Some of the complaints involved lack of communication to prospective adoptive families, she said. The department did spot checks on FOC paperwork but had no way of knowing whether any of the signatures by parents agreeing to adoptions of their children were coerced, Sisco said.
The girl's death in 2005 prompted Samoan authorities to toughen the nation's adoption laws, according to the Samoa Observer. In the case of a foreign adoption, the Samoan attorney general must certify there are no suitable family members in Samoa who are willing and able to care for the child and there is no other suitable arrangement available in the country.
But Utah officials continued to get complaints about FOC, Sisco said, and state agencies coordinated with federal authorities on their investigation.
At least one of those charged has ties to another troubled venture. Wakefield was a partner in New Hope Academy, a residential treatment facility set up in Apia, Samoa, in mid-1998. It closed just months later, stranding five teens.
Wakefield blamed the failure of New Hope Academy on a consultant it hired, Steve Cartisano, who left Utah after a teen died in a wilderness therapy program he founded.
The indictment alleges Wakefield lied to Samoans and adoptive parents about the circumstances surrounding the adoptions, the conditions in which the children lived and why their birth parents would relinquish them. Allegedly, he and other recruiters also actively solicited and pressured Samoan parents to give their children up for adoption.
Wakefield's involvement in FOC came as a "shock" to some who know him.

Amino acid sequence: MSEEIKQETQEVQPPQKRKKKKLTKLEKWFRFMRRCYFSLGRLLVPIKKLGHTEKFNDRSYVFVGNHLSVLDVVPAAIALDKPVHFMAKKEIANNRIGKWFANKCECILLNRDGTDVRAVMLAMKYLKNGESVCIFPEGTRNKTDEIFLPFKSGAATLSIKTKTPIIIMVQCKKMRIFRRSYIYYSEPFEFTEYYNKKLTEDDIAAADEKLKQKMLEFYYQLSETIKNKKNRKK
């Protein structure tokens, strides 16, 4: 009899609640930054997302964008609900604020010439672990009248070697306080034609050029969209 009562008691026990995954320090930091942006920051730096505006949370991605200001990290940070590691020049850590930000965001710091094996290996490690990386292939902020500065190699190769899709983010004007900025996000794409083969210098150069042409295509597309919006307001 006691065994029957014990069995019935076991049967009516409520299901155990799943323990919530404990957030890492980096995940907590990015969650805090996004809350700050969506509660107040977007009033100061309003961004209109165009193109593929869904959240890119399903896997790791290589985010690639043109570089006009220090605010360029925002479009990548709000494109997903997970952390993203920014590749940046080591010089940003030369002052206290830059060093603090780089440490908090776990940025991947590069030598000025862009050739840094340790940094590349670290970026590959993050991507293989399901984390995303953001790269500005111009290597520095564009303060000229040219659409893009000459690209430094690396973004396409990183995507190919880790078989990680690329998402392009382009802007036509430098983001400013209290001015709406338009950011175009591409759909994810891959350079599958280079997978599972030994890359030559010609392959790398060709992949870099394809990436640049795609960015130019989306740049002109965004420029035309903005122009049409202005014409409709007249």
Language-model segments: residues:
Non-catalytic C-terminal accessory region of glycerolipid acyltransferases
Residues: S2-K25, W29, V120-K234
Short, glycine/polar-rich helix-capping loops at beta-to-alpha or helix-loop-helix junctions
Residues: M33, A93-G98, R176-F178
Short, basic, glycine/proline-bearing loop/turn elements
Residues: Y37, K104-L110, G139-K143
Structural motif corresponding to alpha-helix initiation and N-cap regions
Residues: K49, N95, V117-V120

"My understanding was he was helping the government of Samoa with treating sick animals," said Fotu Aiono, a Samoan native and retired accountant who has lived in Utah since 1963. "As far as orphanages in Samoa, I don't think they have any."
Gaugau Tavana, of Hawaii, a native Samoan and Brigham Young University graduate who has worked with Cox, said calling the children orphans was "absolutely absurd."
"We don't abandon children in Samoa," he said. "There is a place for everyone."
Cox said children in Samoa move freely within the extended family, commonly being raised by other relatives.
"It would be very easy for Western people and Polynesian people to have misunderstandings concerning adoption," he said. "In our culture, adoption is considered a one-way street, and that would not be clear or obvious to a Polynesian."
In the Samoan culture, there is an expectation that someone sent abroad to be educated or to work will send money home to support family, Cox said. Such remittances are the largest source of foreign income in the Samoan economy, he said.
"In the Samoan worldview, one of the worst things that can happen to you is to be banished from your extended family and not have any more contact," Cox said.
* Location: Two islands and seven small islets about halfway between Hawaii and New Zealand.
* Territory: Slightly smaller than Rhode Island.
* Population: 177,714 est.
* Government: Mix of parliamentary democracy and constitutional monarchy.
* Economy: Dependent on development aid and family remittances from overseas. Vulnerable to devastating storms. Agriculture employs two-thirds of labor force.
'No interest' in taking kids from adoptive parents
* On Friday, U.S. Attorney for Utah Brett Tolman tried to reassure parents - both here and in Samoa - about the situation.
"We recognize that learning of this alleged conspiracy has created anxiety for both birth and adoptive parents of the children in this case," he said, adding that his office "has no interest in taking children away from adoptive parents. We are interested, where appropriate, in encouraging a dialogue between birth and adoptive parents."
* The Salt Lake Tribune would like to hear from families who have adopted children from Samoa or worked with Focus on Children. Please call 801-257-8742 or e-mail Assistant Managing Editor Peg McEntee at email@example.com.